Scheinwerfer der Aquarius erleuchten die Meeresoberfläche
In my own words

“They told me to flee, but I did not want to”

Testimony by Prince, Guinea


Prince*, 28 years old from Guinea is sitting below a staircase on the deck and looks a little bored. He has no book to read or anything else to pass his time, as any and all of the few belongings he had were taken from him. He likes to talk to people and agreed to tell me his story. He asked me to meet him in what he calls his “office” – a quiet corner on the deck, where he spends hours and hours lost in his own thoughts. He keeps on emphasizing that he did not leave his home Guinea, which he calls “paradise on earth” voluntarily. What causes a relatively well situated, young English teacher, with a university degree to leave his home country and end up on the MS AQUARIUS? Which events lead him to get on a small rubber boat, especially him, who tried to dissuade so many before him to not take on the journey? Currently the AQUARIUS is taking him to Europe, but his actual dream, his biggest hope is to return to his home, Guinea. Here is his story:

Guinea: “They told me to flee, but I did not want to”

“I left my country in 2012, as a consequence of several government changes. I did not actually want to leave, I studied, I had a job. I taught English at elementary and high schools, at university. In short, I had work, a degree and even a decent income. I never had the intention to leave all of that behind,” Prince tells me in a calm voice. “But following the 2010 elections there was a coup. In my opinion, it was not a coup but an orchestrated attempt by the government to target a certain ethnic group, the Fulbe, which I am part of. There were numerous protests and organized demonstrations. I was in touch with a radio channel, for which I recorded some shows in English and taught a basic English course. One day they invited me to a show on the political situation in our country. I paid a terrible price for this. Look at my scars here…” He says while showing me several scars on his head and along his legs, gesturing that he has several more all over his body.

“I openly said on the radio, that sooner or later this would end in a civil war, if one ethnic group holds the political power for decades. Unfortunately people considered the President at the time, to be an educated man due to his PhD, but he did everything in power to divide the country along ethnic lines. As a member of the Fulbe I could no longer work alongside Mandinkas. I was rejected from several schools that were headed by Mandika, but I would not have wanted to work there anyway. I said on the radio that we needed a new government, as this could not go on.”

Every time he speaks of his home country it comes gushing out of him. “Following the radio show, the tides turned, the channel was under attack, people demanded that the “rebel channel” be shut down. Then the police came. I was accused of insulting the head of state. I responded that he was a public person and I had the right to freely express my opinion. I had not offended him, but merely expressed my opinion that he did not deserve the presidential title. Even though he was an educated man, a man of law, a man that had taught at university. But Guineans do not feel safe under his rule, many people are being killed. It was the Europeans that put him there! He doesn’t know our country! One time he publicly said that he would not have become president if he had known what to expect. If that is the case, why did he not step back? From our point of view, he only managed to win because of election rigging. France helped this president and us Guineans end up feeling like strangers in our own country. To travel to Guinea or to leave the country costs money. And you can’t speak your mind, or you will be beaten.”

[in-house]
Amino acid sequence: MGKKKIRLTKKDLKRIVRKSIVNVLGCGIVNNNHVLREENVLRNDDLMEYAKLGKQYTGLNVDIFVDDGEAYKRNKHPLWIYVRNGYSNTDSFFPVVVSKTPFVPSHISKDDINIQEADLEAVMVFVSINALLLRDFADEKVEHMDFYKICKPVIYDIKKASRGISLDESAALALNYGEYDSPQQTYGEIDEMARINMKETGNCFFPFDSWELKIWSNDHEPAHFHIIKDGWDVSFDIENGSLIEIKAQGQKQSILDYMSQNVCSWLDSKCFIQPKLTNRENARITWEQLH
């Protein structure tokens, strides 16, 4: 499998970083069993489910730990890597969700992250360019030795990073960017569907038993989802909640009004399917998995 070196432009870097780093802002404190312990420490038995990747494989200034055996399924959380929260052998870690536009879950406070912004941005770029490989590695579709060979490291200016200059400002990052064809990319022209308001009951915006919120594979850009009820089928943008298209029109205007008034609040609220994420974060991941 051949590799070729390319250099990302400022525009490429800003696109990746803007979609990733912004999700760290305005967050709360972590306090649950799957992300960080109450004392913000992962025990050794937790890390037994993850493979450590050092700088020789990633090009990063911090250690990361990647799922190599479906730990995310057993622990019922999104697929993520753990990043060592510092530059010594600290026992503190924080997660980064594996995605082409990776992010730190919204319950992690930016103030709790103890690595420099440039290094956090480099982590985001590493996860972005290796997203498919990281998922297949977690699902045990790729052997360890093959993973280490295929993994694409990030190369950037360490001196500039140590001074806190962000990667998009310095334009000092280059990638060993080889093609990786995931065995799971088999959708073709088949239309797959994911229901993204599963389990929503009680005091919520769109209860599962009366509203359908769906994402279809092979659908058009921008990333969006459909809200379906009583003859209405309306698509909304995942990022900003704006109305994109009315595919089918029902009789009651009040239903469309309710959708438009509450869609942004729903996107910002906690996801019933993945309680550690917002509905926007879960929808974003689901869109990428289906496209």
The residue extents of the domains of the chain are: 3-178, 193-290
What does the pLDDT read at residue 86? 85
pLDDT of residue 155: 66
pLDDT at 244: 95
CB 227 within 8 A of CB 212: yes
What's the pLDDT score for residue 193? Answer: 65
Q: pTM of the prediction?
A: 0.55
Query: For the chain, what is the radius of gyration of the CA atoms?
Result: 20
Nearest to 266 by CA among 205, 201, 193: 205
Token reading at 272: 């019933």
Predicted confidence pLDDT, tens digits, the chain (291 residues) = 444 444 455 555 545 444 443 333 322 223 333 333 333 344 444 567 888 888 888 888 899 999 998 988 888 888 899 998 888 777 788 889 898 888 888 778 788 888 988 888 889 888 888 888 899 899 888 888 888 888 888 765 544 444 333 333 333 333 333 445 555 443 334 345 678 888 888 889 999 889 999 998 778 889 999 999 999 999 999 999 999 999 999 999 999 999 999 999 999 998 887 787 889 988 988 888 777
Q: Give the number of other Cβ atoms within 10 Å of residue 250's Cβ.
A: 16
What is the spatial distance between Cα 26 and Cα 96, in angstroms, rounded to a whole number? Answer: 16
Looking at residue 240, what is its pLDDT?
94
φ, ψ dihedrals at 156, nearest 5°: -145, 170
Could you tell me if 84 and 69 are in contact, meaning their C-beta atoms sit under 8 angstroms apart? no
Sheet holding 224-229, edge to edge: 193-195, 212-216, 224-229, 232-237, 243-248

“At the moment the Mandika are in charge. Following every governmental change all public posts are filled with people from the same ethnic group as those in power. One can recognize us Fulbe right away, this is bothersome to some. We wear beards and our typical headdress. We are attacked on the streets because we are Fulbe. Following the alleged insult of the president on the radio the police came. They hit me with handcuffs. On the way to the prison I was able to jump out of the car and was dragged along for a bit. I was injured, but was able to run off. In my neighborhood everyone knows me, and they told me to leave. I said ‘No! I was born and raised here, I want to grow old and die here! Rather die than go somewhere else!’ But then one night my room was left in shambles, I don’t know if it was the police or my neighbors, but I came to realize that my life was in danger. So I went to Liberia, but there I wasn’t safe either. I had to think about where to go next and was told that there was a high demand for English teachers in Libya. It was then when I decided to go to Libya.”

Libya: “What do you want in Europe?”

“I went to Libya, it wasn’t easy. I told myself, that as a Muslim I did not have to worry. A friend of mine had been teaching in Libya for a long time and had told me back in 2010 to go there. I was full of anticipation when I travelled to Libya. I came to Sabrata and worked at a Quran school as an English teacher. But once I was there I was advised to go to Tripolis.”

The moment that Prince starts telling me about Libya, the excitement leaves his voice. So far his story is quite confusing. “I came to Libya voluntarily in 2013 and it is here where the ordeal began. I worked as a teacher until 2015. In the beginning it was still going well, I was a respected man. I was not in touch with my family in Guinea, as I did not want to put them in danger. Friends that I was speaking to told me, that my family was being watched and that there were deaths during every rally.”

“I stayed in Libya until 2015. One day I was taken by the ‘Asma Boys’. It is a street gang. Libya is pure chaos, the police is inactive, the cities are controlled by armed gangs. I had heard that many blacks came to Libya, and told myself that I would try and find other Guineans to help them out a little. In Libya many blacks were being killed, one could see their bodies on the streets. I thought I was save, after all I was working as a teacher not far from where I was living, everything was in place.”